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Sunday, March 27, 2011

updates for trip 2011


Rene, the Director of Salvaide and I have had a few interesting meetings in the past three weeks.  We met with ASCORCAN, an Ottawa-based Salvadoran group a few weeks ago.  During this meeting we have a terrific brainstorming session on the design of this year's trip.  The discussion prompted Rene to send a note to our contact Nelson in San Jose Las Flores.  The main ideas discussed at the meeting are included in the latest Compadres blog  Very important that participants for this year's trip read this blog post and send me any comments.

Rene and I also met with students from Holy Trinity and St. Francis Xavier high schools.  These students are preparing for a trip to El Salvador.  They will be working with some of the same people we will be visiting this summer.  I am hoping to publish blog posts from the student group during their visit.

A reminder to all 2011 participants - the next deposit of $500.00 is due to the Salvaide office by March 31st.

Finally, we are at four people for this sumer's trip - a good number, but I would really like to make it to five.  If anyone has had a change of heart or knows of someone who would like to come with us please send me a note!

We will also be planning a Compadres day for those who are coming down this summer.  This time, we will invite all Compadres members (you) to join us.  This will be a great way to learn much more about the entire experience.  I will send out details within the month.  I expect to hold the Compadres on a Saturday in June.

All for now, thanks for your continued interest and support!

new developments

As we start to get closer to this year's trip, some ideas are starting to become clearer. We have been corresponding with Nelson on some key points for this year's delegation. Here are some of the main points.

1. We are discussing the possibility of staying in San Jose Las Flores for up to ten days. We feel that this will give the group and the community even a better opportunity to forge the partnerships which are such an important part of this experience.

2. We are also looking into the possibility of staying with individual families. This will for sure allow us greater opportunities to get to know what life is like for rural Salvadorans.

3. We are working on getting a better idea of the capacity of the computers in the schools. We know there is no internet, but do the computers have the capacity to run software that we use in some of our schools? If so, this may allow us to run a least one interesting workshop with the students.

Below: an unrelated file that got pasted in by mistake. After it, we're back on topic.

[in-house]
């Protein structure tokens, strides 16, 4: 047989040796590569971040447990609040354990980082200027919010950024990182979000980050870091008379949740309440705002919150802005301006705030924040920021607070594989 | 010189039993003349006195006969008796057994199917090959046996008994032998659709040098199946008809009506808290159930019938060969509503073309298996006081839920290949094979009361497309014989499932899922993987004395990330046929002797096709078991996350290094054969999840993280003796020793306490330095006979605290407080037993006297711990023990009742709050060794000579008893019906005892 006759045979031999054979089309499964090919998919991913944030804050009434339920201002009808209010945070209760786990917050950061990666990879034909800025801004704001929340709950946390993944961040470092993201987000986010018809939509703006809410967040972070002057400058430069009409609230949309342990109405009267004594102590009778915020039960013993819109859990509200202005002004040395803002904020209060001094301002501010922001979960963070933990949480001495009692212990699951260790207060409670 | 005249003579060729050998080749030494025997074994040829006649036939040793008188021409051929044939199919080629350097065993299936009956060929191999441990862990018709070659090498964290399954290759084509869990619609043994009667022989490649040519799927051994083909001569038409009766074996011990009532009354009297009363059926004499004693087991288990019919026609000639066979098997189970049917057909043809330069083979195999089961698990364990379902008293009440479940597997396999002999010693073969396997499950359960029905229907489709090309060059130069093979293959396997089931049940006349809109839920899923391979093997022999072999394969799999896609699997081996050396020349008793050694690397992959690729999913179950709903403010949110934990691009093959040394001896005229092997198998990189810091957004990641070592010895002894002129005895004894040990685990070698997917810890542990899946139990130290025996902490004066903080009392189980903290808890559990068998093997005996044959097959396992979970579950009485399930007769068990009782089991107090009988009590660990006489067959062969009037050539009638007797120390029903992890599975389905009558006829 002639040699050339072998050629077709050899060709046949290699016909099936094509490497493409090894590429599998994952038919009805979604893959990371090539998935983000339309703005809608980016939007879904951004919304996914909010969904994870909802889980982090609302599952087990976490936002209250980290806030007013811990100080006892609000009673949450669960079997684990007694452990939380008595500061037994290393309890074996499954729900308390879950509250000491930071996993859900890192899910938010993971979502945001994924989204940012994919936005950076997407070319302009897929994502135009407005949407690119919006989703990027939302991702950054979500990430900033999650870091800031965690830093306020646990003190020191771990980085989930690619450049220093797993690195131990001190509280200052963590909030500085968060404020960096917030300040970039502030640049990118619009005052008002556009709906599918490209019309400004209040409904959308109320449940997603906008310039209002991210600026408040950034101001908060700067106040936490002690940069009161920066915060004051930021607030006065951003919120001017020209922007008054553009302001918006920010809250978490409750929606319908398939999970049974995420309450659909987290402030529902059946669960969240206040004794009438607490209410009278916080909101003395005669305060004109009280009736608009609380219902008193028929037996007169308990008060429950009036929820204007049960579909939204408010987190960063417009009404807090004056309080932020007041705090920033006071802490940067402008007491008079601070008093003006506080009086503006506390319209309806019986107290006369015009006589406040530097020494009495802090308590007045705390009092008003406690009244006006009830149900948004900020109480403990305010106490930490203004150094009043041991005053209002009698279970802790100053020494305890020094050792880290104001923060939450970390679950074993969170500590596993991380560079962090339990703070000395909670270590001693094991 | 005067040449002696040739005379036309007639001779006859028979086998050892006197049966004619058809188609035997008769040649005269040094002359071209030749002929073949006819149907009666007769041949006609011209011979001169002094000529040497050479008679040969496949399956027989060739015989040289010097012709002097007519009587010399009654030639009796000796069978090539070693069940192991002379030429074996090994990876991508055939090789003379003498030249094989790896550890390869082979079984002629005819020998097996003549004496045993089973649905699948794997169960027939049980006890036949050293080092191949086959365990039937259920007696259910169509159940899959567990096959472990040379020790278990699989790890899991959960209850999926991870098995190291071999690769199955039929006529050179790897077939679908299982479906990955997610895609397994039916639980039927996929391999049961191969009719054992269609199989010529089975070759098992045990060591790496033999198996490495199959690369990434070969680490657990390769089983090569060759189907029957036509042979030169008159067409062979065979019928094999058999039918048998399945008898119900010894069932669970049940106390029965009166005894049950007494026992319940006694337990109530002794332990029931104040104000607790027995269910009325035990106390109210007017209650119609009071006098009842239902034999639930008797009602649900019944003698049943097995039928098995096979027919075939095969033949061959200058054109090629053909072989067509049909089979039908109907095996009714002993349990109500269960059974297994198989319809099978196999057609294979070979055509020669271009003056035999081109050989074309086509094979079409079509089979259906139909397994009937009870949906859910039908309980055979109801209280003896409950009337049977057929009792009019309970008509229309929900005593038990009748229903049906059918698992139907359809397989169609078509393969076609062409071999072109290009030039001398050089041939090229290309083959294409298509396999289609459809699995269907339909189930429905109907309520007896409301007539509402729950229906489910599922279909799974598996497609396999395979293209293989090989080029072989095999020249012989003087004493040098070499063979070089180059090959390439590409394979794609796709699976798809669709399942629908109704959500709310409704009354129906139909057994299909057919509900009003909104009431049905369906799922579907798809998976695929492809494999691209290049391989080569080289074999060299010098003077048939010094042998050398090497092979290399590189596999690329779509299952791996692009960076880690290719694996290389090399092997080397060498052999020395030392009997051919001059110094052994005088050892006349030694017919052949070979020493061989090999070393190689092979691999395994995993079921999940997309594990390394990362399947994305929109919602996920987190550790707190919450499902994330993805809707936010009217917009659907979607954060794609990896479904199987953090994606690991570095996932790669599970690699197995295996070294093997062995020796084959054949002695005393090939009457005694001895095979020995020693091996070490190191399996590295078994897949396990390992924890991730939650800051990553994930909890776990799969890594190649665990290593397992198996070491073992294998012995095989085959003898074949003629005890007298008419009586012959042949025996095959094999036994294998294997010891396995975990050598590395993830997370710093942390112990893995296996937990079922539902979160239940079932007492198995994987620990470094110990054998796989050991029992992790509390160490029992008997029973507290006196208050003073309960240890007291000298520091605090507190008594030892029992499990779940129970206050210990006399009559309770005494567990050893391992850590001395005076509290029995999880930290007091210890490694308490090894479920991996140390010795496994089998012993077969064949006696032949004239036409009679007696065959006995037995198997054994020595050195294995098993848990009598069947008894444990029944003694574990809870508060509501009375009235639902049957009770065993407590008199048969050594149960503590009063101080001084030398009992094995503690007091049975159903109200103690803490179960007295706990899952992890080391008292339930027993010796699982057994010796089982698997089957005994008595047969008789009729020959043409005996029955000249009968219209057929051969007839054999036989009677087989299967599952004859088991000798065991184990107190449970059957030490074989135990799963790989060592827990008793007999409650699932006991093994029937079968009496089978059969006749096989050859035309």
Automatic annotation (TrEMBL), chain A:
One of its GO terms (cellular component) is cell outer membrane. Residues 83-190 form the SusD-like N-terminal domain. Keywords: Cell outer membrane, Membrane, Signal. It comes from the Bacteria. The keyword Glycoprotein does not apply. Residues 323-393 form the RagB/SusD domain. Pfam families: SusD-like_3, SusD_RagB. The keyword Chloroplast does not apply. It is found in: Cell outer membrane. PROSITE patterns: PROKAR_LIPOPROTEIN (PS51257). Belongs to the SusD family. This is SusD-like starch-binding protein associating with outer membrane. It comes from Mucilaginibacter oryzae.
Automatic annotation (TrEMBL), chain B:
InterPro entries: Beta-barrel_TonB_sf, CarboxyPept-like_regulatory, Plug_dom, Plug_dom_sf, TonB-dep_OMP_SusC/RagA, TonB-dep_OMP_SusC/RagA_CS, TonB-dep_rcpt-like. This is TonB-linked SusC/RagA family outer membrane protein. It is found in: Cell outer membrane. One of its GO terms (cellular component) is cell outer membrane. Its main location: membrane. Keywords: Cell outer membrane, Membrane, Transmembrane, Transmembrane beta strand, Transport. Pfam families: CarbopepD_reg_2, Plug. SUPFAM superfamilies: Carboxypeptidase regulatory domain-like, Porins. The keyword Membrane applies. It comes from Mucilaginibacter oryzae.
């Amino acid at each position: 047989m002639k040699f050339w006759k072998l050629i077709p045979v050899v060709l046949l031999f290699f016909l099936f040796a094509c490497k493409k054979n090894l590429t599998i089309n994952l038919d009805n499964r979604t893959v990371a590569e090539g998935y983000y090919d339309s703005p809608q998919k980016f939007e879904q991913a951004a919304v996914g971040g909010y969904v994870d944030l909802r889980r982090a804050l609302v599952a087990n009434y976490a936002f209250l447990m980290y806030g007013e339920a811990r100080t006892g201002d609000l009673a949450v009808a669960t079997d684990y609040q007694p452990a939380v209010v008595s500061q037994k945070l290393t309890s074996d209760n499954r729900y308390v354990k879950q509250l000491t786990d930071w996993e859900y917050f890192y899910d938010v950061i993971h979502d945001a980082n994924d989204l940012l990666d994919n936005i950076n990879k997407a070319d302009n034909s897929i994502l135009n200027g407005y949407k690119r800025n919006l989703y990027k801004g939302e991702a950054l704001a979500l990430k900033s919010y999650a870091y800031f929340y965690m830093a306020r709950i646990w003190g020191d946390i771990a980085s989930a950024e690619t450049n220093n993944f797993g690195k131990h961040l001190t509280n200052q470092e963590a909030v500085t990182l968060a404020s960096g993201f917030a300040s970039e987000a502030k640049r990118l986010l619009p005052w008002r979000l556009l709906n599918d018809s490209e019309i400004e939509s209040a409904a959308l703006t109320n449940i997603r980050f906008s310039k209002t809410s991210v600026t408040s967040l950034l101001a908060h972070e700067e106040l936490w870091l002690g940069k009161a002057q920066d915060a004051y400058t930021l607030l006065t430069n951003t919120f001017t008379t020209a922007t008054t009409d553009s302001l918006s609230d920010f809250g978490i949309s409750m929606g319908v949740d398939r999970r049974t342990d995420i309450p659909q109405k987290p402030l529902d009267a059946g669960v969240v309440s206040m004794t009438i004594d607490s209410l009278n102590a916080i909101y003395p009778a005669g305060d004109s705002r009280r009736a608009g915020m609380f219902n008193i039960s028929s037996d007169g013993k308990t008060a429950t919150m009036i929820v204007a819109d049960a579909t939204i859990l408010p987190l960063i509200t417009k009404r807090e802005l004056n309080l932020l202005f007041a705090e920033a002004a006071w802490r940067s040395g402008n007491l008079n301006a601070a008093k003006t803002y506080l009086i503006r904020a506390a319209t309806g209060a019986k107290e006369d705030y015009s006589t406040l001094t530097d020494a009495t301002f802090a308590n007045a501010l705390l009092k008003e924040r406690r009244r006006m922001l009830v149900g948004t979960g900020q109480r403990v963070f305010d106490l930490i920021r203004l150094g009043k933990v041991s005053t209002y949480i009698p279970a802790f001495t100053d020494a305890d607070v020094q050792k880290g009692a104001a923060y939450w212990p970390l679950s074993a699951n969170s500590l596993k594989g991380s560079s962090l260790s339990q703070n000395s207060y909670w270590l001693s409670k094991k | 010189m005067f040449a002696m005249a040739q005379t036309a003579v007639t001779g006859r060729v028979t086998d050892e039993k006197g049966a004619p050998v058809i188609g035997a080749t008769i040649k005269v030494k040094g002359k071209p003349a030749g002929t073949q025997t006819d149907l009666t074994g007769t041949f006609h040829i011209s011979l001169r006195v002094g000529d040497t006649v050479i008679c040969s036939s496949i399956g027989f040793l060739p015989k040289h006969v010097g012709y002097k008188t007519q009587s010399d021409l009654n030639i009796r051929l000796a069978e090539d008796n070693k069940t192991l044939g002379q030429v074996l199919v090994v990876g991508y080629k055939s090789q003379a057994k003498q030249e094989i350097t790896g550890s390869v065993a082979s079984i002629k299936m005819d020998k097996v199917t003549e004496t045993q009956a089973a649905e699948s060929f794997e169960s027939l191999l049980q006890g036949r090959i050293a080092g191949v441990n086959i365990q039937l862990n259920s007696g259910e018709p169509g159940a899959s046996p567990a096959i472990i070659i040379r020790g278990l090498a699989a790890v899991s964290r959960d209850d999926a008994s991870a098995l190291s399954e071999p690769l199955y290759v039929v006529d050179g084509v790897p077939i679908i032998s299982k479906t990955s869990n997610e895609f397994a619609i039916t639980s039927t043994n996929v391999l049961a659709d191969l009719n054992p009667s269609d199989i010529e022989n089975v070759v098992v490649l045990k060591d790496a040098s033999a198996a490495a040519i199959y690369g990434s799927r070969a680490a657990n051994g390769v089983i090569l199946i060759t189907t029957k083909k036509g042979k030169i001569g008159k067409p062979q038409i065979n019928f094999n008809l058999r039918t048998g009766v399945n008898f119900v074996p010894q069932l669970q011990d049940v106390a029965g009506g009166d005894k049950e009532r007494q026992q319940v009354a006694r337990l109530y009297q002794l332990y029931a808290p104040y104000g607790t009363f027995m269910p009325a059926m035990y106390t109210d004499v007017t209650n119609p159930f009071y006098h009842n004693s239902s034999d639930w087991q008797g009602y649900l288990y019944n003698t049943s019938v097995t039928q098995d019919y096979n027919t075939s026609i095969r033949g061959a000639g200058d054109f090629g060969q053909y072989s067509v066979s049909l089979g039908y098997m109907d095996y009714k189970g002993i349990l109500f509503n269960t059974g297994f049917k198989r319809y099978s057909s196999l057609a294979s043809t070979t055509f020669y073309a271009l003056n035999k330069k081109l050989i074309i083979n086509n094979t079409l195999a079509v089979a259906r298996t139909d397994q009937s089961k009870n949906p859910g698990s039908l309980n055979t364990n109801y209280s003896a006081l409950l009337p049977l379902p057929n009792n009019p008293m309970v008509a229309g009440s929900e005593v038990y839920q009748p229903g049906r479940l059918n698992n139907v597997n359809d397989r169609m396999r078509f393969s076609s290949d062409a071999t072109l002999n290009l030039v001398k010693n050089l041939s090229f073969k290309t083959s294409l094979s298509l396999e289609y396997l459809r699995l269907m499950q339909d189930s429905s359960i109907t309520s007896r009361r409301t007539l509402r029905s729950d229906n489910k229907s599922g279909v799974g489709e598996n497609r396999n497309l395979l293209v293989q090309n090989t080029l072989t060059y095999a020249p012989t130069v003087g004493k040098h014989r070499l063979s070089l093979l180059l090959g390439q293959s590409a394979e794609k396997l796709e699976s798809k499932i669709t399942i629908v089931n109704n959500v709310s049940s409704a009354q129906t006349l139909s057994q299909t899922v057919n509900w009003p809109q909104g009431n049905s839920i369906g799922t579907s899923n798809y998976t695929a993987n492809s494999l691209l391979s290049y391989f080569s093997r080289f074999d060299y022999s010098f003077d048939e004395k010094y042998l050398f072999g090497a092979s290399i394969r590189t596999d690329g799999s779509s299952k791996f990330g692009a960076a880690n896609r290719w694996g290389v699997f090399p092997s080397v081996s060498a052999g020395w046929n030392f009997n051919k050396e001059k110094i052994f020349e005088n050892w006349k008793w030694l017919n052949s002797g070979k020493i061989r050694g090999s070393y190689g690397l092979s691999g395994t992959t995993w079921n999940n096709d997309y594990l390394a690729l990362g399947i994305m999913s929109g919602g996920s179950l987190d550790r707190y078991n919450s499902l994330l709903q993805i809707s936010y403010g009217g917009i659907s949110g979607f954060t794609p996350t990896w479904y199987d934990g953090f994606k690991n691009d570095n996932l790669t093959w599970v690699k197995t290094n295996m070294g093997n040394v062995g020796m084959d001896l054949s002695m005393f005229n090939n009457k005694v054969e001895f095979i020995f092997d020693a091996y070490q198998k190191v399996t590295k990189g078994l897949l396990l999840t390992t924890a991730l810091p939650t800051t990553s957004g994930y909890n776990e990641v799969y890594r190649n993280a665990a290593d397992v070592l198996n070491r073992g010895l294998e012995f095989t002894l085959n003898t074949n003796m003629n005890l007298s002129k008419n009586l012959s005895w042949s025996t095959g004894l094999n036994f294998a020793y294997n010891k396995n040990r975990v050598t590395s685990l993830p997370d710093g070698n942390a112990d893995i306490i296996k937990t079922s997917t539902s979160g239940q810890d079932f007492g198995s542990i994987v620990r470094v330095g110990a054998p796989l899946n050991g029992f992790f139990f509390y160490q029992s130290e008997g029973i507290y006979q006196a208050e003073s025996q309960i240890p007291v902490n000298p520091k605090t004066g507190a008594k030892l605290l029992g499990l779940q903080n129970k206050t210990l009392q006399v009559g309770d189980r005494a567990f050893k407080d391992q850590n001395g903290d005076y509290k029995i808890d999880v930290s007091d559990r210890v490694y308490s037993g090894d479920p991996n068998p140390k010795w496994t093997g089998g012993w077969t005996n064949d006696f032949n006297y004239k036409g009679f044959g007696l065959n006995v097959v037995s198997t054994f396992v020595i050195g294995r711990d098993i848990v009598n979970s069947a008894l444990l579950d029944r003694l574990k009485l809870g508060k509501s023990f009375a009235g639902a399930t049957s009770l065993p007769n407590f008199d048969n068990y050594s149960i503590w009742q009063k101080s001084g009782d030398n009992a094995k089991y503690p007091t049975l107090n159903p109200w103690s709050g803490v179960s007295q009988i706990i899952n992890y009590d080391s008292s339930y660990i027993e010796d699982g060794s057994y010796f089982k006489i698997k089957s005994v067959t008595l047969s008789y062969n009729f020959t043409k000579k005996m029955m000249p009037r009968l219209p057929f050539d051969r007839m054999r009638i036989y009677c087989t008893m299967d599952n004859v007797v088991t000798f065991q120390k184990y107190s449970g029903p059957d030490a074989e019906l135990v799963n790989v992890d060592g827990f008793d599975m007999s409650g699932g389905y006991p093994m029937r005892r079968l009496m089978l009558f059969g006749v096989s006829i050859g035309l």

We are now waiting for answers to some of these questions.

communal kitchen in San Jose Las Flores

Thursday, March 24, 2011

“Nobody can kill the voice of justice:” Romero lives


Today marks 31 years since Catholic Archbishop Oscar Romero was assassinated while giving mass in El Salvador’s capital.  And Salvadoreans everywhere do not forget.  Joining the throngs of marchers making their way through San Salvador’s main thoroughfares are Salvadoreans in Canada, the US, Sweden, Germany, Italy, Australia and many other places with exile communities, all of us celebrating Romero’s life and courage.  Indeed, few Salvadoreans have so singularly captivated the collective consciousness of their people.  Few have provided the moral strength to an entire generation to stand up and say ¡ya basta! in the face of state repression.


Archbishop Romero was in many ways quintessentially representative of his people’s struggle for human rights.  Like most Salvadoreans, he was reserved, humble, and conservative in his personal and family life.  And like many who braved bullets, disappearance, and torture for speaking out, it took being personally touched by state terror to decide finally to “choose sides.”  In Romero’s case, it was the shameless murder of his close friend Father Rutilio Grande and two parishioners by state-supported death squads, that tipped the scale.  This atrocity, one of many during that time, marked Archbishop Romero’s explicit and public preferential option for the poor.


Given a Salvadorean oligarchy that employed the government and military (and death squads, in a cruel attempt at obfuscation) as its private instruments, Romero’s tragic fate and enduring legacy were sealed from the moment he channelled through the pulpit the voice of the voiceless.  His unprecedented scathing denunciations of the Salvadorean elite and its military watchdogs shattered the hubris of those in power already busy trying to quell a de facto popular insurgency.  That his cold-blooded murder was authored by military men institutionally linked to the state laid bare to the world El Salvador’s dictatorship.  It was a defining moment for El Salvador – a moment Salvadoreans and their friends will never forget.